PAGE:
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Are you worried about your Hypoxia?

What causes Hypoxia?

The heart is a fist sized muscle that pumps blood around the body and beats approximately 70 times per minute. Blood leaves the right side of the heart and travels to the lungs where it picks up a vital supply of oxygen before entering the left side of the heart. From there the oxygenated blood will travel through the bodies arteries until eventually returning the heart to re-oxygenate via the veins. This process is called circulation. Sometimes you may experience problems absorbing enough oxygen into the lungs when you breath due to lung damage caused by something like smoking or in some cases it could be due to lack of oxygen in the environment like travelling at high altitudes where there is naturally less oxygen in the atmosphere. Physical activity like exercising or playing sports could also create a high demand for oxygen in the body putting further strain on the system. Conditions that affect the condition of arteries and lungs will have a significant impact on the body’s ability to circulate blood and may contribute to symptoms related to low blood oxygen counts. Symptoms of low blood oxygen levels in the body are shortness of breath, headache, confusion. You may also become irritable or restless if this happens. Possible conditions that could be indicated by a low blood oxygen level include less serious conditions like anaemia or asthma to more serious or chronic conditions like acute respiratory distress syndrome (ARDS), emphysema, pneumonia, pulmonary oedema (an excess of fluid on the lungs) or embolism (a blood clot in either the artery or the lung) and congenital heart defects.

What can you do at home?

If you are suffering from a chronic shortness of breath caused by a low blood oxygen count then there are ways for you to try to manage the condition at home. Look at the list below for some helpful advice to relieve your symptoms.

 

  • Avoid smoking, smoking will only exacerbate your problems and could induce a more severe breathlessness. This is particularly important if you have previously been diagnosed with COPD, chronic obstructive pulmonary disease
  • If smoke triggers an attack where you have difficulty breathing, then it is a good idea to avoid places where you may be exposed to passive smoke
  • Maintain a healthy and balanced diet, with regular gentle exercise. While this may seem difficult it is important to keep active as this will improve your lung capacity in time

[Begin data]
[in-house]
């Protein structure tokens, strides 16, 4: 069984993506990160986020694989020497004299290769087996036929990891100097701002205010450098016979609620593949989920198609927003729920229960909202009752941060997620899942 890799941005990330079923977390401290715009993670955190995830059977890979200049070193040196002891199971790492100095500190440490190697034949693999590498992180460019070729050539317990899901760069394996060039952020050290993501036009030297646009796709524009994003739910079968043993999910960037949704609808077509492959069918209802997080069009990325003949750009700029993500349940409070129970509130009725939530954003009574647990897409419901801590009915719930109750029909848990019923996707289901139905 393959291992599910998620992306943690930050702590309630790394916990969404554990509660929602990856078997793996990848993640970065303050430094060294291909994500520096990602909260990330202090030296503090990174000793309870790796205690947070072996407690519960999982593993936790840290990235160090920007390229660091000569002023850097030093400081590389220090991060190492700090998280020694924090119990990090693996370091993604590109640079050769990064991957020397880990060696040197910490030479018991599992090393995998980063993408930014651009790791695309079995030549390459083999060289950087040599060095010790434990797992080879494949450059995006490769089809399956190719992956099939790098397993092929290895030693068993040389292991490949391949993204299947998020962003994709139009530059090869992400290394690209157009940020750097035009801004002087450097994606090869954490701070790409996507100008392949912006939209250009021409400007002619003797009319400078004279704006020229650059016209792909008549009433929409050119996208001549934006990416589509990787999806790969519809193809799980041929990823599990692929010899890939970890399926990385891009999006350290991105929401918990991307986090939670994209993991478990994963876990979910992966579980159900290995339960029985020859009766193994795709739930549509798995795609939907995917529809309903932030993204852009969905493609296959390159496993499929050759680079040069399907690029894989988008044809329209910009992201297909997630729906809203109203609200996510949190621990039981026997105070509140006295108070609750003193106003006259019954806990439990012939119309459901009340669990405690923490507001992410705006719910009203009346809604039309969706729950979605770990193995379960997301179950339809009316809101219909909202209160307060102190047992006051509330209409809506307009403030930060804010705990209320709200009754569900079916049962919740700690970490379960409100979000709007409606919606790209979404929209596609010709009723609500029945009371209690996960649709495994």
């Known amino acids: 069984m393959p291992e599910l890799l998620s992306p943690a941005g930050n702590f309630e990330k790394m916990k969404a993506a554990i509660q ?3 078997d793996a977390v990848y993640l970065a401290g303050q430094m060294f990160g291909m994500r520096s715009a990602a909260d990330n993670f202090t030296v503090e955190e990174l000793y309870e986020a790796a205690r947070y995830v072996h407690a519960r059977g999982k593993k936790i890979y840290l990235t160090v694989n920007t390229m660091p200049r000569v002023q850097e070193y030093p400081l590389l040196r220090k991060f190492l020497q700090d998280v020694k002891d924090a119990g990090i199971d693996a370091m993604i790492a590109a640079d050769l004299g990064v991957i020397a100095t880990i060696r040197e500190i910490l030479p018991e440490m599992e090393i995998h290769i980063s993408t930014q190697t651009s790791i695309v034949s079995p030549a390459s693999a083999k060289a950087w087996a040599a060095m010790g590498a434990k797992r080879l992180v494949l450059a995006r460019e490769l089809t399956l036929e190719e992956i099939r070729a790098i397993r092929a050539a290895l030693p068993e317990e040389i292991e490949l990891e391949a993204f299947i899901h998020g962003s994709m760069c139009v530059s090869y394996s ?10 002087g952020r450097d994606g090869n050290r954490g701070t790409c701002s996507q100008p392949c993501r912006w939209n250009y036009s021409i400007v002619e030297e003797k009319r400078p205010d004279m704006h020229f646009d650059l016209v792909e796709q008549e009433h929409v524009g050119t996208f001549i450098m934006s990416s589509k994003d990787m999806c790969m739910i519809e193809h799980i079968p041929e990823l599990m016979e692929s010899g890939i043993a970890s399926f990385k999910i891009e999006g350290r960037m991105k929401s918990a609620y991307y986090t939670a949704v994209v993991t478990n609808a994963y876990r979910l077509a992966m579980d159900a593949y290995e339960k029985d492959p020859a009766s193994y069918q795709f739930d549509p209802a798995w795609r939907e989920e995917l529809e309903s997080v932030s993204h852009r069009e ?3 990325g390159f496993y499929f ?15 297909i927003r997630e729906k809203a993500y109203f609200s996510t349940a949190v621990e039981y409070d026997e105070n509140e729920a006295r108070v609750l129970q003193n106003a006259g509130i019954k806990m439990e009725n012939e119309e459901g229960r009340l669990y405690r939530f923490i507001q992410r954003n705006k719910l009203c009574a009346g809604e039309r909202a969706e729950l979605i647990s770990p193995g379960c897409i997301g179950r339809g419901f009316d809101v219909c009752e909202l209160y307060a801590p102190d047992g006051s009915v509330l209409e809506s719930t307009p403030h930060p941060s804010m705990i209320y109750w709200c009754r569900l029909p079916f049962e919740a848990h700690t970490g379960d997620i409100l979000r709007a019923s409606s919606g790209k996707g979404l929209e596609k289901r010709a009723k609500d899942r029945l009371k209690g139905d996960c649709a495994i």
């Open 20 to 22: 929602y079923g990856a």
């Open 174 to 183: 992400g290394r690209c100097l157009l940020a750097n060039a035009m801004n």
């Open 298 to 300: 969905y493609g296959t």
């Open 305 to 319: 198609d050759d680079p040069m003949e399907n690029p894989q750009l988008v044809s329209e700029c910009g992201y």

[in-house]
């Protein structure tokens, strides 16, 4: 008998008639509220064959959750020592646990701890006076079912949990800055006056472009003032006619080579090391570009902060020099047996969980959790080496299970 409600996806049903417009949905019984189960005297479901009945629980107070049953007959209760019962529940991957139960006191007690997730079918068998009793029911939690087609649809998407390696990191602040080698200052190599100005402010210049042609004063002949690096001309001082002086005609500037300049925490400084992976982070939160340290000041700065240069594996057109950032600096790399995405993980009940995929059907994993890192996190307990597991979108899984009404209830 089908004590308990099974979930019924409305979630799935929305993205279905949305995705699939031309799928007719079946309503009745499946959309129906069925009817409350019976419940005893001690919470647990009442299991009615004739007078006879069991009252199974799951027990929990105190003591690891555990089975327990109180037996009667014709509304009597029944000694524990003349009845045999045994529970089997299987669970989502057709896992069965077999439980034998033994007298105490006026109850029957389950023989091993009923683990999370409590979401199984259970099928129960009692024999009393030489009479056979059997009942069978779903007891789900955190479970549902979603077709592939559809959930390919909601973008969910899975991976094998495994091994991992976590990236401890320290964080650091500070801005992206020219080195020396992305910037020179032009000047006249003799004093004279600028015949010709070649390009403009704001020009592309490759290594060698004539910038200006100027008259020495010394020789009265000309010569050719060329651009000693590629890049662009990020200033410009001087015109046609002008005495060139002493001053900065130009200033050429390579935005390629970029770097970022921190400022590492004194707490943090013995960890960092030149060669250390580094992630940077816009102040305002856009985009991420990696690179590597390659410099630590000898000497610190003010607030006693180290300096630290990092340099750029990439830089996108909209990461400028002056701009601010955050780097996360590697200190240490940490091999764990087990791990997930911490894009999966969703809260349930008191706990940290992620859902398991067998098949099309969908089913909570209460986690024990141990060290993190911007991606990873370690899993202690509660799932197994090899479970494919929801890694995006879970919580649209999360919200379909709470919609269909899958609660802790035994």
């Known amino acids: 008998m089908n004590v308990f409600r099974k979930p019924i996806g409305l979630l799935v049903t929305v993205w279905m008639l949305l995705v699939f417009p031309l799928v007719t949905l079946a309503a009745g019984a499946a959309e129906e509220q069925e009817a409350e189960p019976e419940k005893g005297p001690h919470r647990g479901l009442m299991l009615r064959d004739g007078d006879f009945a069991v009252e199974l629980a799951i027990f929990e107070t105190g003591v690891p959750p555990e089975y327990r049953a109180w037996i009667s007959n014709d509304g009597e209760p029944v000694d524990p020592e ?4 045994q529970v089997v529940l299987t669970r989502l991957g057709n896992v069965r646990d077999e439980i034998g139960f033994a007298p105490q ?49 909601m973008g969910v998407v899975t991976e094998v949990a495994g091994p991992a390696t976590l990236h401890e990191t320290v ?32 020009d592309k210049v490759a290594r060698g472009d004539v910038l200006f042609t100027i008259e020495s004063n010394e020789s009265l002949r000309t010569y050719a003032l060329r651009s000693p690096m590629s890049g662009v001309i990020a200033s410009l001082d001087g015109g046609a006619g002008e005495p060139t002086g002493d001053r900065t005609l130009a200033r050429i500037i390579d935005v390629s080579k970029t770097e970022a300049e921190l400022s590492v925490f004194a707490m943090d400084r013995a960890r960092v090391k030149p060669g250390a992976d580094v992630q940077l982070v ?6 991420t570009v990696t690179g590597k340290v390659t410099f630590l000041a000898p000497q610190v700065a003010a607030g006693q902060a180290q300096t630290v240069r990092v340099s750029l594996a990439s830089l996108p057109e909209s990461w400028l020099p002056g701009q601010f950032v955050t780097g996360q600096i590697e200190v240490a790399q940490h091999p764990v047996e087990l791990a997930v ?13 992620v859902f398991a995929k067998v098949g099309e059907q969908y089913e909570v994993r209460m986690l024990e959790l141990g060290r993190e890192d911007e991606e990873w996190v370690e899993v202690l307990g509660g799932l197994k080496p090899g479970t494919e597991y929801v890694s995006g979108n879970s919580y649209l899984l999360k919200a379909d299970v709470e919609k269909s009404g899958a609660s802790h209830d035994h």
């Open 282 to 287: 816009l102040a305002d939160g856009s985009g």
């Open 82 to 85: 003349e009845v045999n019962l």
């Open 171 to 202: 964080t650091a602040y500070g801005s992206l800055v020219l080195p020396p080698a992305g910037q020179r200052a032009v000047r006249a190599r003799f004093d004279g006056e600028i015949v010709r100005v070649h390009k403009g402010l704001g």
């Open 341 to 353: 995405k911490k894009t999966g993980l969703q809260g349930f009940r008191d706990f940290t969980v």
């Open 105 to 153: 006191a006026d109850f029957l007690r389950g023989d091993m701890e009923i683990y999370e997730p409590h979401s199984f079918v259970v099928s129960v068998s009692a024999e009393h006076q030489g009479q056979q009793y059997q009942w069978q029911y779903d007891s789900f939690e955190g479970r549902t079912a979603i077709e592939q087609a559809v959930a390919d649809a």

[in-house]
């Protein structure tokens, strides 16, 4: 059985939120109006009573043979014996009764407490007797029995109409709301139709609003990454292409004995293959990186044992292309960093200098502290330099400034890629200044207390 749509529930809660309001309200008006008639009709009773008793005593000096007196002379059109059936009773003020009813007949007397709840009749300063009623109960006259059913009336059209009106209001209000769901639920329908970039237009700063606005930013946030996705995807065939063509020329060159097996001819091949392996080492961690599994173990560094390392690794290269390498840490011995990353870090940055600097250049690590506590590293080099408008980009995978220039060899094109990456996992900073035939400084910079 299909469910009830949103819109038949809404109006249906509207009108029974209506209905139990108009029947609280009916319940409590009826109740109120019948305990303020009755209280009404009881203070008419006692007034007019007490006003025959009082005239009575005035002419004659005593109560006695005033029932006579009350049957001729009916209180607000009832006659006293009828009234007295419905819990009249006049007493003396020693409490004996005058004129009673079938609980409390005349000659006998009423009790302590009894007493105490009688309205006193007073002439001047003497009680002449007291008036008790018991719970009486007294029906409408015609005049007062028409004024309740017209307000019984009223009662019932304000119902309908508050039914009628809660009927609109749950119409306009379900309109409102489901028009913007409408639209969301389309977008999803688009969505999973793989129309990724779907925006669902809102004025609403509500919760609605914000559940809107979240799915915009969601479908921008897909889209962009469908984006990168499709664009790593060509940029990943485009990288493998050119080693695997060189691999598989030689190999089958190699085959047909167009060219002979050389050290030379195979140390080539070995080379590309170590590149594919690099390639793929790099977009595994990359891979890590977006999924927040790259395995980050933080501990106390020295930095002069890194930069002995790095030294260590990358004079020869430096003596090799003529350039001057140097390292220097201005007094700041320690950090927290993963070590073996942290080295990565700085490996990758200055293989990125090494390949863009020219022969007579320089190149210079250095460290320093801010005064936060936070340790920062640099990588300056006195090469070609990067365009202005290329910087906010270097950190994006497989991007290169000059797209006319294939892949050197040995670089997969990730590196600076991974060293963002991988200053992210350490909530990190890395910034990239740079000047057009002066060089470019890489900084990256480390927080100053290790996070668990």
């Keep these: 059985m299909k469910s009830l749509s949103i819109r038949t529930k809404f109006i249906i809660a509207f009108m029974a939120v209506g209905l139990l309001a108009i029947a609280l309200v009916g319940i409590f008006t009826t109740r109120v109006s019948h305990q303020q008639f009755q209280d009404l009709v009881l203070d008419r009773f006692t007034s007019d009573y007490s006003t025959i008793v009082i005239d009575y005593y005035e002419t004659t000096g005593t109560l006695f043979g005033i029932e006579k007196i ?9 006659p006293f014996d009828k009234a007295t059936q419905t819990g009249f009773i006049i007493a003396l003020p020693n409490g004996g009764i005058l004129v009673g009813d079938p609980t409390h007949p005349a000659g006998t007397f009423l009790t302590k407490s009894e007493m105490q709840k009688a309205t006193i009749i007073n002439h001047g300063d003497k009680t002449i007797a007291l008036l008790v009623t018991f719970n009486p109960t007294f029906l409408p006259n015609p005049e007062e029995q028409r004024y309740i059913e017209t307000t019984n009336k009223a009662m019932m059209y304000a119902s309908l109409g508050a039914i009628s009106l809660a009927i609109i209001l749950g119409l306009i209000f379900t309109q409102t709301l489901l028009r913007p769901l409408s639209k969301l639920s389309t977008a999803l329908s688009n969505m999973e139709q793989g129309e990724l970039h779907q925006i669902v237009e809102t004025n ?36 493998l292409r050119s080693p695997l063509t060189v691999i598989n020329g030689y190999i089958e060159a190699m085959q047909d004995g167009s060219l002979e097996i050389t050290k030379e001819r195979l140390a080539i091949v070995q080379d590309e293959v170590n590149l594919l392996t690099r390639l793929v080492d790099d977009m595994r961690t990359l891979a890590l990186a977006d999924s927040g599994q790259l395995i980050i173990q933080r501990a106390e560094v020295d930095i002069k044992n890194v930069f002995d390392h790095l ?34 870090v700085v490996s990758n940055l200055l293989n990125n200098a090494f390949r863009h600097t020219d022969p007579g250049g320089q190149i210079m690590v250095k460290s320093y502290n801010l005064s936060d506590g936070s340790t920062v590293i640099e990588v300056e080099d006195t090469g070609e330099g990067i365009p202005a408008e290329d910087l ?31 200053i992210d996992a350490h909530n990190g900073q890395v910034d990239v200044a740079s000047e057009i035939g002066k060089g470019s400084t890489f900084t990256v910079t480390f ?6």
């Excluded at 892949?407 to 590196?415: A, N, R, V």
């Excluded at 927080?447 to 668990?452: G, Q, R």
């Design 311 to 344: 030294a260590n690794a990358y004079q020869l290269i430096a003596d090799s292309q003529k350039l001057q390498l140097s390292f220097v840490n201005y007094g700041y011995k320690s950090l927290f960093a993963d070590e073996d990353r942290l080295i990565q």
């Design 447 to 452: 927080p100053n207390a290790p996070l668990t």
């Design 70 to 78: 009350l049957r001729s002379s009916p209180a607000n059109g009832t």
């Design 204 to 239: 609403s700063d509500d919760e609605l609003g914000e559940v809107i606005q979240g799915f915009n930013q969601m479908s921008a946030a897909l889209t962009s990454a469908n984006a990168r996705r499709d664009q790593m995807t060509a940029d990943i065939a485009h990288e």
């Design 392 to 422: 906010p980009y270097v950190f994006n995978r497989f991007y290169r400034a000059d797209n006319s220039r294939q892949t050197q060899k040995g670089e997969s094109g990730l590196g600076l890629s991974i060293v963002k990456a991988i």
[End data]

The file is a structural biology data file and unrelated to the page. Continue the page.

Hypoxia (1)
You should also seek further medical attention if you experience any of the following:

It can be very frightening to experience shortness of breath, whether it is a mild shortness of breath following recent exercise, physical exertion, or when you are at rest. It is important to note that this does not always indicate a serious underlying illness or condition, and, in some cases, it may be possible to improve your symptoms with some basic lifestyle changes such as quitting smoking. In other cases, it could be an indication of an underlying condition that warrants further investigation to determine the exact cause. For example, if you experience problems at night when you are trying to sleep that cause you to wake suddenly suffering from a shortness of breath that may make you feel as if you are choking then this could be a symptom of sleep apnoea and you should consult your doctor to investigate this further. If you experience any of the symptoms in the list below you may be experiencing a medical emergency and you should seek immediate medical assistance.

 

  • If you have a severe shortness of breath that comes suddenly and affects your ability to function normally
  • If you are experiencing a severe shortness of breath, especially if you are suffering additional symptoms like fluid retention, fast pulse, or a chesty cough. This could indicate pulmonary oedema, fluid leaking from the blood vessels in your lungs that make it harder for you to breathe.
Are you worried about your Hypoxia?

Here at VIDA we have expert clinicians on hand to help diagnose and treat your condition. To find out more about these services, we recommend visiting the following pages:

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Possible Causes and Related Conditions
  • Anemia
  • ARDS (Acute respiratory distress syndrome)
  • Asthma
  • Congenital heart defects in children
  • Congenital heart disease in adults
  • COPD (chronic obstructive pulmonary disease)
  • Emphysema
  • Interstitial lung disease
  • Medications
  • Pneumonia
  • Pneumothorax (collapsed lung)
  • Pulmonary edema (excess fluid in the lungs)
  • Pulmonary embolism (blood clot in an artery in the lung)
  • Pulmonary fibrosis (scarred and damaged lungs)
  • Sleep apnea